Cybersecurity topped the list concerns in a new survey of federal IT executives.
The annual survey, conducted by Grant Thornton LLP and the Professional Services Council, polled 67 federal IT leaders about the state of the federal CIO.
In the wake of several massive cyber breaches in recent years — including one the Office of Personnel Management announced last week that affected more than 4 million current and former federal employees — the survey’s executive summary says, “it comes as no surprise that cybersecurity remains a top concern for those we interviewed. With the ever-increasing proliferation of networks, devices and applications, there has been a corresponding increase in both the number and sophistication of cyber threats.”
According to the federal technology leaders polled, 90 percent saw an increase in cyber threats in 2014, and 26 percent saw those threats increase by more than 50 percent. And while cyber spending is increasing, those same leaders said it’s not happening proportionally.
During a panel at a Professional Services Council event Monday, several federal CIOs weighed in on how they are addressing their cyber challenges.
“What needs to get done to raise the bar is understanding that we have to share the information” on breaches, said Margie Graves, deputy CIO of the Department of Homeland Security. She pointed to President Barack Obama’s cybersecurity information sharing executive order from February as step in the right direction. “Within that environment … if I see something, I say something — like DHS tagline — and it goes directly to my compatriots; they know the extent of what I’ve seen, and they’re able to get out in front of it.”
Justice Department CIO Joe Klimavicz said that given the seemingly persistent losing battle of federal cybersecurity, it might be time to rethink how agencies approach cyber.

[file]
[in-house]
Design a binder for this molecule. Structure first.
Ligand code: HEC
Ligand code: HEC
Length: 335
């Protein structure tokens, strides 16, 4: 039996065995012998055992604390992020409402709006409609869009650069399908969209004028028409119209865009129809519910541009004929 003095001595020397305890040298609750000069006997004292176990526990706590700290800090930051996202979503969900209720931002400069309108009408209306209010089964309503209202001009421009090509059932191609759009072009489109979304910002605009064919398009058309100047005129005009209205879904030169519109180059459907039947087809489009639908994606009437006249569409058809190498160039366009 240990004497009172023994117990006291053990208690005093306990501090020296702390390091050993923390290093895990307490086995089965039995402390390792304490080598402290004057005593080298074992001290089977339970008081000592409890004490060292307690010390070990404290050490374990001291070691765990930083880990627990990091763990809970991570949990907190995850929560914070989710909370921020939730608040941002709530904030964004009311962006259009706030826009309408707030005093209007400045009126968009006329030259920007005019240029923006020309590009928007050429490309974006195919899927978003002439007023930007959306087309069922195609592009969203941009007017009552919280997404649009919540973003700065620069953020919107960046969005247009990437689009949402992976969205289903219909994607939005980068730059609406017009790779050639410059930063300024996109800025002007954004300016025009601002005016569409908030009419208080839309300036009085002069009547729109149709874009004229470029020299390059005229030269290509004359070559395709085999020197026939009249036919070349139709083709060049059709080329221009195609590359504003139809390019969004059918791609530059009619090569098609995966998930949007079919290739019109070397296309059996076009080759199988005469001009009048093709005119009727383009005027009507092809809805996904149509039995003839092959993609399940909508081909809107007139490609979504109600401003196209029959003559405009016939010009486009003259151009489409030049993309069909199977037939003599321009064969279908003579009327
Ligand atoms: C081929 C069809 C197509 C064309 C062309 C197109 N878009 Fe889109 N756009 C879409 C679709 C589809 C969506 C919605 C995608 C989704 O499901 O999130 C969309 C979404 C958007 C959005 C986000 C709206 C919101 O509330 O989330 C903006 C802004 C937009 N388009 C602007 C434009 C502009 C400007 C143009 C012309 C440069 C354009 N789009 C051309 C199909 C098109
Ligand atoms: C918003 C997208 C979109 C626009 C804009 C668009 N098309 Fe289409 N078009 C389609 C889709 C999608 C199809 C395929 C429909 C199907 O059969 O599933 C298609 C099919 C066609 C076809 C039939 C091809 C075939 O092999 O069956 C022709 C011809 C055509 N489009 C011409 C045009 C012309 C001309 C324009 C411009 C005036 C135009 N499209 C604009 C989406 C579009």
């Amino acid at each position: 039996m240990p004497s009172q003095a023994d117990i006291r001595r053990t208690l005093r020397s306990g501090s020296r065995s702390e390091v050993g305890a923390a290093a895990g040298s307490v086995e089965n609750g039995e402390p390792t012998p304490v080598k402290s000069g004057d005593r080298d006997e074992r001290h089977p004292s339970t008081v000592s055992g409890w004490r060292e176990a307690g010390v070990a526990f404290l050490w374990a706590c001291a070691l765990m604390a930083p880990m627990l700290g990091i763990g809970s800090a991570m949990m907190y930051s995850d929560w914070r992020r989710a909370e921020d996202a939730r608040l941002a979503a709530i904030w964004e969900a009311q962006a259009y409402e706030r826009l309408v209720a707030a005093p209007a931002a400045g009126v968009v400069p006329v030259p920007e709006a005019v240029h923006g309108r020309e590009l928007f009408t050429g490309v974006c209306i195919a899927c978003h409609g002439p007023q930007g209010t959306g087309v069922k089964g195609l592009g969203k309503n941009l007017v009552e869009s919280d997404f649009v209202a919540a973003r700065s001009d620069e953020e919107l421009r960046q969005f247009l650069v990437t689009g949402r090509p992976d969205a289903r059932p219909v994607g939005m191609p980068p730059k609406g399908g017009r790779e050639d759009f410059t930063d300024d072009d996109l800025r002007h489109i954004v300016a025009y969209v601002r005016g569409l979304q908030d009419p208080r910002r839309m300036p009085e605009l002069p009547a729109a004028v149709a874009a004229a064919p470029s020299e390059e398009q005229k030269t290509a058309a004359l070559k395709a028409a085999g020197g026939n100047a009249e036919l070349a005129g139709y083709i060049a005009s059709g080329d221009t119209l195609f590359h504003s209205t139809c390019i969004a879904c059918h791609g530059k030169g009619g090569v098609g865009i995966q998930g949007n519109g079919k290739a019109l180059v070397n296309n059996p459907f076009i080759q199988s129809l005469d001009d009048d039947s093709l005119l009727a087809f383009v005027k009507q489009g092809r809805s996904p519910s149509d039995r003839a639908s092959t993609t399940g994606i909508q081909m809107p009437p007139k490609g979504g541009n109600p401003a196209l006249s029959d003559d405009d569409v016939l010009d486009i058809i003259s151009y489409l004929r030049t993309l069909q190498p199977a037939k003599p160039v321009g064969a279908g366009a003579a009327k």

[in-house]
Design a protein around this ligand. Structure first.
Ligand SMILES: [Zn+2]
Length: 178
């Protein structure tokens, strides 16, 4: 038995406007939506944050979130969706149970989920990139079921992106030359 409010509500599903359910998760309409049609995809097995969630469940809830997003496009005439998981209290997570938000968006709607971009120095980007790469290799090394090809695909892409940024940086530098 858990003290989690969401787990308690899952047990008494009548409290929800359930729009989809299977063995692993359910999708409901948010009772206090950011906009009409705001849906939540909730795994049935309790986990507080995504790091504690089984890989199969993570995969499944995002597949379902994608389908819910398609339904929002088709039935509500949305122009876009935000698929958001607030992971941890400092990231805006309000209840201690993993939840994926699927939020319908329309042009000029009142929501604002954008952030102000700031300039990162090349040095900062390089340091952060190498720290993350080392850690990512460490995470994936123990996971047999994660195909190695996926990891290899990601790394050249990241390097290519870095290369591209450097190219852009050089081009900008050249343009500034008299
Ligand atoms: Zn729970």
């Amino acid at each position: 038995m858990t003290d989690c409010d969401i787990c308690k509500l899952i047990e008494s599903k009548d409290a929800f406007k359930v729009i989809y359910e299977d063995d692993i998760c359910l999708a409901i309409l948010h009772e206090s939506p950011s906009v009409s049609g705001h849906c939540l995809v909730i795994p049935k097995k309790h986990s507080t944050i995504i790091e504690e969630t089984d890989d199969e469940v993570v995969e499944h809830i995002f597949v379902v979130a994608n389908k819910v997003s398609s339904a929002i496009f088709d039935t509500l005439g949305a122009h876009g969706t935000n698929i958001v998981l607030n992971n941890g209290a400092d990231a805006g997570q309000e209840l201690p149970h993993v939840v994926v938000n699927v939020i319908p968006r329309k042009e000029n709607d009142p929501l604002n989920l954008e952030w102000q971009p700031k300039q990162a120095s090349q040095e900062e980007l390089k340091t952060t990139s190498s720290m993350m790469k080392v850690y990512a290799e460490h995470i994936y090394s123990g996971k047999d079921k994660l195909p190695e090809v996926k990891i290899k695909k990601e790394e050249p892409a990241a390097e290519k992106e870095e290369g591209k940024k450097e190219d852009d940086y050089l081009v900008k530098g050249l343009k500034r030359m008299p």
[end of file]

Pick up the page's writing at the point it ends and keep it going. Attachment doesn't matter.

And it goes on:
“I often talk about separating out the software from the data. We’re still figuring out how to build bulletproof software, and somebody will figure out how to crack it,” Klimavicz said. Beyond that, though, he said agencies first need to tackle the basics — like patching, identity management and two-factor authentication — if they’re going to keep their information secure.
Talking with FedScoop, Dave Wennergren, PSC vice president of technology, spoke more candidly of some agencies’ struggles to address the most elementary cybersecurity tactics, or what he calls “basic blocking and tackling.”
“You got to get that done,” Wennergren told FedScoop. “The fact that there are federal agencies that are not using their [personal identification verification] cards — DOD demonstrated the value of using your common access card for cybersecurity, physical access security and to promote electronic business. That was a decade ago, and yet we still have people using it as a flash pass.” Wennergren served as CIO of the Navy and in several other IT leadership roles in the DOD before joining the private sector in 2013.
CIOs worry, too, that the struggle to attract top-tier cyber talent to the federal government is only going to make things harder, the survey revealed. “Respondents pointed out that it is almost impossible to compete with the commercial sector, which can offer much more lucrative salaries with bonuses. There is an ongoing war for talent, and these impediments for the government are a significant hindrance,” it said.
“All of us are struggling to hire those individuals that will take us to the next level, that will up our game, that will allow us to identify cyber threats,” Graves said. “These folks are out there, but we need to get the right kinds of high points in place and move the barriers that will allow us to hire them.”
Commerce Department CIO Steve Cooper agreed, listing it as one of his biggest struggles right now.
“We are not able to hire competitively,” Cooper said, noting that the CIO office at Commerce sustains an about 25 percent vacancy, which he attributes to the government’s inability to compete with private sector for qualified talent to replace officials who are retiring. And that’s a governmentwide trend: For every one federal IT worker younger than 30, there are 10 workers older than 50, the survey found.
At Commerce, the average age of its workforce is around 50.6 years old, Cooper said.
“We’re not doing a great job of bringing young professionals on board,” he said. “And I don’t have a terrific answer for that … It’s a big challenge.”